Designing a Climate Literacy Model for a Complex Agency – on a Complex Topic

While the Addressing Gaps in Workforce Climate Literacy work has been a longtime goal for Swanston, he was quick to describe the challenges for implementing this project. 

  1. “Best available knowledge” is constantly changing climate change is an evolving science, and so are the practices for slowing it down and adapting to it. As the Forest Service responds to this evolution, we need to understand the gaps in education and practice for our employees. 
  2. The agency is incredibly diverse – the Forest Service employs tens of thousands of people across the U.S. who represent a wide range of disciplines, including education, natural & cultural resources, human resources, engineering, business operations, research, and many others.
  3. Employees have limited capacity to pursue climate literacy – we’re looking at a workforce that’s chronically stretched with time and energy. Time spent engaging in training/education has to have an application to the jobs they do on a daily basis.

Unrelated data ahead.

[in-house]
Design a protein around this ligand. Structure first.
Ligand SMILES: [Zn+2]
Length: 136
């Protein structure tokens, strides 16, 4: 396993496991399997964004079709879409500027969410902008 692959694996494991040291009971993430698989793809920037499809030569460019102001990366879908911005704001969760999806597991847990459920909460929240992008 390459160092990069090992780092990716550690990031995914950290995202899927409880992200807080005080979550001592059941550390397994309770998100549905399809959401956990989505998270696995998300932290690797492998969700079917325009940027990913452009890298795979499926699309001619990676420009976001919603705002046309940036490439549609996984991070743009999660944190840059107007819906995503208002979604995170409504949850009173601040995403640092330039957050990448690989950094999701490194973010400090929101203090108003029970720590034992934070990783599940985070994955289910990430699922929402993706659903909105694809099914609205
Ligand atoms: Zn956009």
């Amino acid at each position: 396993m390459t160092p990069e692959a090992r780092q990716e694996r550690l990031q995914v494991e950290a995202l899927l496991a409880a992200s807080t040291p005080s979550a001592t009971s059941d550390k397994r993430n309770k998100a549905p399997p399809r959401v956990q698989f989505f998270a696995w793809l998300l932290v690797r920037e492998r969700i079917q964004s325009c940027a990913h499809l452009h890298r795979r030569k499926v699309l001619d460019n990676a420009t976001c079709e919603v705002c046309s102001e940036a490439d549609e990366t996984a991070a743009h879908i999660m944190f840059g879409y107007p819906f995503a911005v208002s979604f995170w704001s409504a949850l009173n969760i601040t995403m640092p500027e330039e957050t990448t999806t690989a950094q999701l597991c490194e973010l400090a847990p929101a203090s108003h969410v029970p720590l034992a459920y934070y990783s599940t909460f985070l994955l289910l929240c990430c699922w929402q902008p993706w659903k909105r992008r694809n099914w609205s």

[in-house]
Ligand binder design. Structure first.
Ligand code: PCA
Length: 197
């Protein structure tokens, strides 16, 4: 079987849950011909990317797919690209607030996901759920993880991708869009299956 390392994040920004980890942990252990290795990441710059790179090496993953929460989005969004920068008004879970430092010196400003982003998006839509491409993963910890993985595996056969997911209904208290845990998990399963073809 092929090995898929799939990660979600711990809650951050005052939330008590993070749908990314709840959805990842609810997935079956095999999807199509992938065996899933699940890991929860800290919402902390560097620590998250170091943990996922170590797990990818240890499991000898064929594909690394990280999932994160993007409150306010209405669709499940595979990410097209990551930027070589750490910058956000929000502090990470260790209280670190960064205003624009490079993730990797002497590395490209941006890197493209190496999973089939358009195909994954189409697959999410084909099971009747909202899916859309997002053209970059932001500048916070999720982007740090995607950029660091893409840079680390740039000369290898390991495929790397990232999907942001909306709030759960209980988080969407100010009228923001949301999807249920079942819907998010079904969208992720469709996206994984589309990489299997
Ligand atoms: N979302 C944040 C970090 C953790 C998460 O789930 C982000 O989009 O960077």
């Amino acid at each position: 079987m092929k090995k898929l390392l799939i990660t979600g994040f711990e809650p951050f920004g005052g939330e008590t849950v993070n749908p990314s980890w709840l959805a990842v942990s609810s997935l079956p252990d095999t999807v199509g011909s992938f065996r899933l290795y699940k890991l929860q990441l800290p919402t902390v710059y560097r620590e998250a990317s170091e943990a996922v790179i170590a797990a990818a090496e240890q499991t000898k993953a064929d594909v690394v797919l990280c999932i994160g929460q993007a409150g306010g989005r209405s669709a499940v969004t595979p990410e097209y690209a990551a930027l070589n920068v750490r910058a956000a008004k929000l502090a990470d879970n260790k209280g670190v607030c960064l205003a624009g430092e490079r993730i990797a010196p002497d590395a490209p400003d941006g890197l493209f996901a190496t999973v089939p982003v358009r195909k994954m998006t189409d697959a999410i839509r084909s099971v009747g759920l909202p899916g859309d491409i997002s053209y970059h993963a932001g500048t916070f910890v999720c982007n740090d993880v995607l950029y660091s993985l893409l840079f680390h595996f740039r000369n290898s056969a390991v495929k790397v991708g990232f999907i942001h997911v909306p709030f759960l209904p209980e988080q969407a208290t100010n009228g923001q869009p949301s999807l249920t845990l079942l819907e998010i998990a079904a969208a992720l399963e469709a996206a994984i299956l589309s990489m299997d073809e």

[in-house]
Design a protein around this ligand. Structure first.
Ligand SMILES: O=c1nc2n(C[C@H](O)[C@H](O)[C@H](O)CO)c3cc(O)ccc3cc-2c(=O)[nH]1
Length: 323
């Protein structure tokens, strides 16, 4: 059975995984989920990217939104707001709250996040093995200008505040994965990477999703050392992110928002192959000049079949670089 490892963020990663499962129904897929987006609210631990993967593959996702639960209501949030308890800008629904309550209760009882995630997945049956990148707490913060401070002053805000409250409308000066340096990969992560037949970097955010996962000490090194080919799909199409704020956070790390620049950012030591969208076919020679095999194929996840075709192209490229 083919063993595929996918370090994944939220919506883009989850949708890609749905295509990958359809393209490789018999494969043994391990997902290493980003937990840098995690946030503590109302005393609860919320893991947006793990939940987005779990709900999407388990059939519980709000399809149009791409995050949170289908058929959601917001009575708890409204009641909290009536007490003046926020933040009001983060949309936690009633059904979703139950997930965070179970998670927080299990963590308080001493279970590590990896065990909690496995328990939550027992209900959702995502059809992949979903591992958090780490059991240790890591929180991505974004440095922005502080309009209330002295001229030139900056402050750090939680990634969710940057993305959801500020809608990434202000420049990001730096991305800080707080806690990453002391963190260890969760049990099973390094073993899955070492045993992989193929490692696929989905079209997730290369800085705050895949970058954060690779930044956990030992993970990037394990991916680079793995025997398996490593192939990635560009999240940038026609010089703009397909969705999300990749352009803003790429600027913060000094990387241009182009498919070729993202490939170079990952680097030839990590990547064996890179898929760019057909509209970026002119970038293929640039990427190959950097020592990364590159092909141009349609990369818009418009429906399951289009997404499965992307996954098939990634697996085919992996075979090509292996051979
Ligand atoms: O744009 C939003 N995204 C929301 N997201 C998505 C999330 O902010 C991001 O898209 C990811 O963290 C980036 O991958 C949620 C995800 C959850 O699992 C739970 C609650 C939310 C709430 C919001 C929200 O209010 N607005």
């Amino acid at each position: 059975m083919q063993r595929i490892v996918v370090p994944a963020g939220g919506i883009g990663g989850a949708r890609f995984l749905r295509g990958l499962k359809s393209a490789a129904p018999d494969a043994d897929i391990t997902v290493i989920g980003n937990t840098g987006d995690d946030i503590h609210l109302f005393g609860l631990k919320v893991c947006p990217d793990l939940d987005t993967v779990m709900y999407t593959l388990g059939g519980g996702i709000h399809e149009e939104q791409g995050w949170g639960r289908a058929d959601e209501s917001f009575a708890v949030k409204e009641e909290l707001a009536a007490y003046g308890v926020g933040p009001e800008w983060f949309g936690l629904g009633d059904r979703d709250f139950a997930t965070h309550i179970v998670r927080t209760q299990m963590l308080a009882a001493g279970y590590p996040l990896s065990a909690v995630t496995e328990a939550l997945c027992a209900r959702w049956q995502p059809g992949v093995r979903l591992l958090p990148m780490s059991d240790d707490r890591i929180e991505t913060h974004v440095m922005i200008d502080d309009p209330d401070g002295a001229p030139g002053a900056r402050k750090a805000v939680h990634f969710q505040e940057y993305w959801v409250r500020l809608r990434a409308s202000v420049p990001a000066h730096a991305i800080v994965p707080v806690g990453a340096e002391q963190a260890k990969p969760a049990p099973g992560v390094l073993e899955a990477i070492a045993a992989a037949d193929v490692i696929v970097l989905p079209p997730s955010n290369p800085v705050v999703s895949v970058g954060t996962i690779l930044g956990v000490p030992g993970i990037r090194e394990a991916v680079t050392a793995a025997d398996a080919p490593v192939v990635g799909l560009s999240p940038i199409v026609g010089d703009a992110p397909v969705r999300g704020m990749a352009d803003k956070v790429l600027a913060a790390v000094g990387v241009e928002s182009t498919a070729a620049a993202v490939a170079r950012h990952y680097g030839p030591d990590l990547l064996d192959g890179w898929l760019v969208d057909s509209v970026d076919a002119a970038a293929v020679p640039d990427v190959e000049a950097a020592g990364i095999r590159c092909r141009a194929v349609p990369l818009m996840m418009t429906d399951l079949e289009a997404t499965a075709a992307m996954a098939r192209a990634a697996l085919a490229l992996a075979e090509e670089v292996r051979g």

The project was designed to address these challenges by creating a model that would work for both assessing and addressing gaps in workforce climate literacy. First, the team identified three types of roles within the Forest Service to organize the agency’s climate literacy efforts: specialists, line officers, and climate coordinators. Swanston explained, “the roles that were defined in this analysis are those that are aligned with helping people understand and plan for climate change or for people who work in resource management and need to understand climate change as a daily part of their jobs.” The team looked at job descriptions and interviewed people serving in these roles to understand what knowledge, competencies, and skills are most important for them to be able to address climate change within the context of their job.